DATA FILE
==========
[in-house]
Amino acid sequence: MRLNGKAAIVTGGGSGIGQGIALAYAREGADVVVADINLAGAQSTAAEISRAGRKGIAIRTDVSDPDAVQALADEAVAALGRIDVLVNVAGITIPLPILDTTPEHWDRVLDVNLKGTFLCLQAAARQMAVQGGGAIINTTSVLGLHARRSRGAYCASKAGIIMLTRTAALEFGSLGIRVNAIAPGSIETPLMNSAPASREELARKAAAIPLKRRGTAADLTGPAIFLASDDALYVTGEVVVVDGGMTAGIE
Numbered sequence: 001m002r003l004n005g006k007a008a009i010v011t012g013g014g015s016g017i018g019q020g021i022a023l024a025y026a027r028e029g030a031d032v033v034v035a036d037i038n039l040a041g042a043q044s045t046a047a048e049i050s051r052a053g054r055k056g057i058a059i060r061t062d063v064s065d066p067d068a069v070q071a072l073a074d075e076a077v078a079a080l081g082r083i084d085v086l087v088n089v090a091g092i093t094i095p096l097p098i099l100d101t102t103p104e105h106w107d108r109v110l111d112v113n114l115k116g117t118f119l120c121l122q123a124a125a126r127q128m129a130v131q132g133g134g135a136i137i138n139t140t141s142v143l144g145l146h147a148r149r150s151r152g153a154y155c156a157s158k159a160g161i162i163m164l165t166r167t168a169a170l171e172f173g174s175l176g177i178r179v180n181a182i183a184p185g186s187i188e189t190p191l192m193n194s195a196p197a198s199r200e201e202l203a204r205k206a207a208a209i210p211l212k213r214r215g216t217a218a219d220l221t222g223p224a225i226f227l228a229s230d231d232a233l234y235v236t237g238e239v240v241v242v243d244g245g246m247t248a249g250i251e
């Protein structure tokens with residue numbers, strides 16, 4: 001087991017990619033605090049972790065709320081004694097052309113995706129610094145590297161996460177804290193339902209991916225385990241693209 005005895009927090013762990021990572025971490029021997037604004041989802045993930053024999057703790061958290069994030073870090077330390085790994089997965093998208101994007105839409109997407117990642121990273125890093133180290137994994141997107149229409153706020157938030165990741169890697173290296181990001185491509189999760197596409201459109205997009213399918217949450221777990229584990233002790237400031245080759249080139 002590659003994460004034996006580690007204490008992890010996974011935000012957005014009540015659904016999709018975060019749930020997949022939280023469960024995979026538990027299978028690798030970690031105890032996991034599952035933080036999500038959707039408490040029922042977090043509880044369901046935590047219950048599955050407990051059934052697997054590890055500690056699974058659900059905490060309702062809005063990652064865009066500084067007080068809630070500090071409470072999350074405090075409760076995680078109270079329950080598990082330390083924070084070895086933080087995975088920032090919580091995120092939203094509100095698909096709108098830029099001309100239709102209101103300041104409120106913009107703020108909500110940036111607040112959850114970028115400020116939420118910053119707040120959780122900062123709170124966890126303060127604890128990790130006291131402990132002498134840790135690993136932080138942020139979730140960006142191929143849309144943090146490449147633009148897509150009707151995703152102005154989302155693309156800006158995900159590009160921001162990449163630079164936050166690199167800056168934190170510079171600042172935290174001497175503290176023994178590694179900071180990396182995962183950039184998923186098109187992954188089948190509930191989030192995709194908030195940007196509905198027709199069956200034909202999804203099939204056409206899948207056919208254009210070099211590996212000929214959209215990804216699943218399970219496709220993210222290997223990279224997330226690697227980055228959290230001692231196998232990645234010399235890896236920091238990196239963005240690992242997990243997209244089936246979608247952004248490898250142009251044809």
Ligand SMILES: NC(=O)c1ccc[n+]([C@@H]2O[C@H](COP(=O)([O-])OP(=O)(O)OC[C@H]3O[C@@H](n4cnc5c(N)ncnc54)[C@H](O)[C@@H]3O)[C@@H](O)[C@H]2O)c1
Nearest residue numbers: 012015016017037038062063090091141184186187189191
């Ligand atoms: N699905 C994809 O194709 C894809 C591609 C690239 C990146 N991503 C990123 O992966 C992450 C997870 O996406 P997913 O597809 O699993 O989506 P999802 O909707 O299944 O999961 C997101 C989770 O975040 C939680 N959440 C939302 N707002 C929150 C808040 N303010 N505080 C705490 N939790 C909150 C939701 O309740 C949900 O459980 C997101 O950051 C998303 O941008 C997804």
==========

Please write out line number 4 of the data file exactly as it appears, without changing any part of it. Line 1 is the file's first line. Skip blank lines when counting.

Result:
């Protein structure tokens with residue numbers, strides 16, 4: 001087991017990619033605090049972790065709320081004694097052309113995706129610094145590297161996460177804290193339902209991916225385990241693209 005005895009927090013762990021990572025971490029021997037604004041989802045993930053024999057703790061958290069994030073870090077330390085790994089997965093998208101994007105839409109997407117990642121990273125890093133180290137994994141997107149229409153706020157938030165990741169890697173290296181990001185491509189999760197596409201459109205997009213399918217949450221777990229584990233002790237400031245080759249080139 002590659003994460004034996006580690007204490008992890010996974011935000012957005014009540015659904016999709018975060019749930020997949022939280023469960024995979026538990027299978028690798030970690031105890032996991034599952035933080036999500038959707039408490040029922042977090043509880044369901046935590047219950048599955050407990051059934052697997054590890055500690056699974058659900059905490060309702062809005063990652064865009066500084067007080068809630070500090071409470072999350074405090075409760076995680078109270079329950080598990082330390083924070084070895086933080087995975088920032090919580091995120092939203094509100095698909096709108098830029099001309100239709102209101103300041104409120106913009107703020108909500110940036111607040112959850114970028115400020116939420118910053119707040120959780122900062123709170124966890126303060127604890128990790130006291131402990132002498134840790135690993136932080138942020139979730140960006142191929143849309144943090146490449147633009148897509150009707151995703152102005154989302155693309156800006158995900159590009160921001162990449163630079164936050166690199167800056168934190170510079171600042172935290174001497175503290176023994178590694179900071180990396182995962183950039184998923186098109187992954188089948190509930191989030192995709194908030195940007196509905198027709199069956200034909202999804203099939204056409206899948207056919208254009210070099211590996212000929214959209215990804216699943218399970219496709220993210222290997223990279224997330226690697227980055228959290230001692231196998232990645234010399235890896236920091238990196239963005240690992242997990243997209244089936246979608247952004248490898250142009251044809």